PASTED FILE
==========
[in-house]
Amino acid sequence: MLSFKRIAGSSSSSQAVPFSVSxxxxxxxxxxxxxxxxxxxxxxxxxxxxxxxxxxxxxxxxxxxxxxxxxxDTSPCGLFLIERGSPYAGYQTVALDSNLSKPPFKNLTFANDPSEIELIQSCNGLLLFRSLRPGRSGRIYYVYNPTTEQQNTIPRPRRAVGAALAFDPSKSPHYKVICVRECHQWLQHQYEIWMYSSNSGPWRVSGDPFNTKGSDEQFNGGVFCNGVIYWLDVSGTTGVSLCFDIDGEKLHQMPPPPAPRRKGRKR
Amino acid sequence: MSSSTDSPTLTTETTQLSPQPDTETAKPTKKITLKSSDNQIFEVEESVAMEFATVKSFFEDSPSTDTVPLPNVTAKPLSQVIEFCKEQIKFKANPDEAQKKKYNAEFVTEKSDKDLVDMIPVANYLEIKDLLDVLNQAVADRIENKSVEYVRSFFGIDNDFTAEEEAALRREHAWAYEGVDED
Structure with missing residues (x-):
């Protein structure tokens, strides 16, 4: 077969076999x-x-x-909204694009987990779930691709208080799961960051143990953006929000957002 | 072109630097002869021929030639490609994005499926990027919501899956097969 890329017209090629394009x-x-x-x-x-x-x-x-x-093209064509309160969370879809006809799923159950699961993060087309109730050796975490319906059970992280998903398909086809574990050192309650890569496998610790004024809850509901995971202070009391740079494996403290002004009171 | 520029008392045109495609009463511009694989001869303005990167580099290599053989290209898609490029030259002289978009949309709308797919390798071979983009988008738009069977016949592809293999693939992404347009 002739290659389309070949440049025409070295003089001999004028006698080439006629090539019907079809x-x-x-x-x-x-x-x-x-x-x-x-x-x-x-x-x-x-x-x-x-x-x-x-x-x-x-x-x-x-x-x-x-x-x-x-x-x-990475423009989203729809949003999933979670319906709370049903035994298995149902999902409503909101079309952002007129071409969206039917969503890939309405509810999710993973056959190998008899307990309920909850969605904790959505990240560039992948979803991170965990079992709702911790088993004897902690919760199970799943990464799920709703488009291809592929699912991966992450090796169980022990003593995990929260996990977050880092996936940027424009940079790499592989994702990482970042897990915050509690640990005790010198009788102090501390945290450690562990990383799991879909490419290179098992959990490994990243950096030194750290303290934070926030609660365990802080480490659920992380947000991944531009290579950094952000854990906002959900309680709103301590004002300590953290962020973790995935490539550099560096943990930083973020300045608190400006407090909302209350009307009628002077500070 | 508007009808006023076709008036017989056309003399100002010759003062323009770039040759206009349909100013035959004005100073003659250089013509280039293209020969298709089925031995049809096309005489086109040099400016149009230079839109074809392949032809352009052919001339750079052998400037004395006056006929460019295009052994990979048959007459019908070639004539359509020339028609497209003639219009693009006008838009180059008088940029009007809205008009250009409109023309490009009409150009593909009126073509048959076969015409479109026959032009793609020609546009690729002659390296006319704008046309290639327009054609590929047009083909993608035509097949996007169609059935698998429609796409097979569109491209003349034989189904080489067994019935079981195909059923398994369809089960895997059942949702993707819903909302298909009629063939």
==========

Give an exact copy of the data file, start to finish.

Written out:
[in-house]
Amino acid sequence: MLSFKRIAGSSSSSQAVPFSVSxxxxxxxxxxxxxxxxxxxxxxxxxxxxxxxxxxxxxxxxxxxxxxxxxxDTSPCGLFLIERGSPYAGYQTVALDSNLSKPPFKNLTFANDPSEIELIQSCNGLLLFRSLRPGRSGRIYYVYNPTTEQQNTIPRPRRAVGAALAFDPSKSPHYKVICVRECHQWLQHQYEIWMYSSNSGPWRVSGDPFNTKGSDEQFNGGVFCNGVIYWLDVSGTTGVSLCFDIDGEKLHQMPPPPAPRRKGRKR
Amino acid sequence: MSSSTDSPTLTTETTQLSPQPDTETAKPTKKITLKSSDNQIFEVEESVAMEFATVKSFFEDSPSTDTVPLPNVTAKPLSQVIEFCKEQIKFKANPDEAQKKKYNAEFVTEKSDKDLVDMIPVANYLEIKDLLDVLNQAVADRIENKSVEYVRSFFGIDNDFTAEEEAALRREHAWAYEGVDED
Structure with missing residues (x-):
């Protein structure tokens, strides 16, 4: 077969076999x-x-x-909204694009987990779930691709208080799961960051143990953006929000957002 | 072109630097002869021929030639490609994005499926990027919501899956097969 890329017209090629394009x-x-x-x-x-x-x-x-x-093209064509309160969370879809006809799923159950699961993060087309109730050796975490319906059970992280998903398909086809574990050192309650890569496998610790004024809850509901995971202070009391740079494996403290002004009171 | 520029008392045109495609009463511009694989001869303005990167580099290599053989290209898609490029030259002289978009949309709308797919390798071979983009988008738009069977016949592809293999693939992404347009 002739290659389309070949440049025409070295003089001999004028006698080439006629090539019907079809x-x-x-x-x-x-x-x-x-x-x-x-x-x-x-x-x-x-x-x-x-x-x-x-x-x-x-x-x-x-x-x-x-x-x-x-x-x-990475423009989203729809949003999933979670319906709370049903035994298995149902999902409503909101079309952002007129071409969206039917969503890939309405509810999710993973056959190998008899307990309920909850969605904790959505990240560039992948979803991170965990079992709702911790088993004897902690919760199970799943990464799920709703488009291809592929699912991966992450090796169980022990003593995990929260996990977050880092996936940027424009940079790499592989994702990482970042897990915050509690640990005790010198009788102090501390945290450690562990990383799991879909490419290179098992959990490994990243950096030194750290303290934070926030609660365990802080480490659920992380947000991944531009290579950094952000854990906002959900309680709103301590004002300590953290962020973790995935490539550099560096943990930083973020300045608190400006407090909302209350009307009628002077500070 | 508007009808006023076709008036017989056309003399100002010759003062323009770039040759206009349909100013035959004005100073003659250089013509280039293209020969298709089925031995049809096309005489086109040099400016149009230079839109074809392949032809352009052919001339750079052998400037004395006056006929460019295009052994990979048959007459019908070639004539359509020339028609497209003639219009693009006008838009180059008088940029009007809205008009250009409109023309490009009409150009593909009126073509048959076969015409479109026959032009793609020609546009690729002659390296006319704008046309290639327009054609590929047009083909993608035509097949996007169609059935698998429609796409097979569109491209003349034989189904080489067994019935079981195909059923398994369809089960895997059942949702993707819903909302298909009629063939």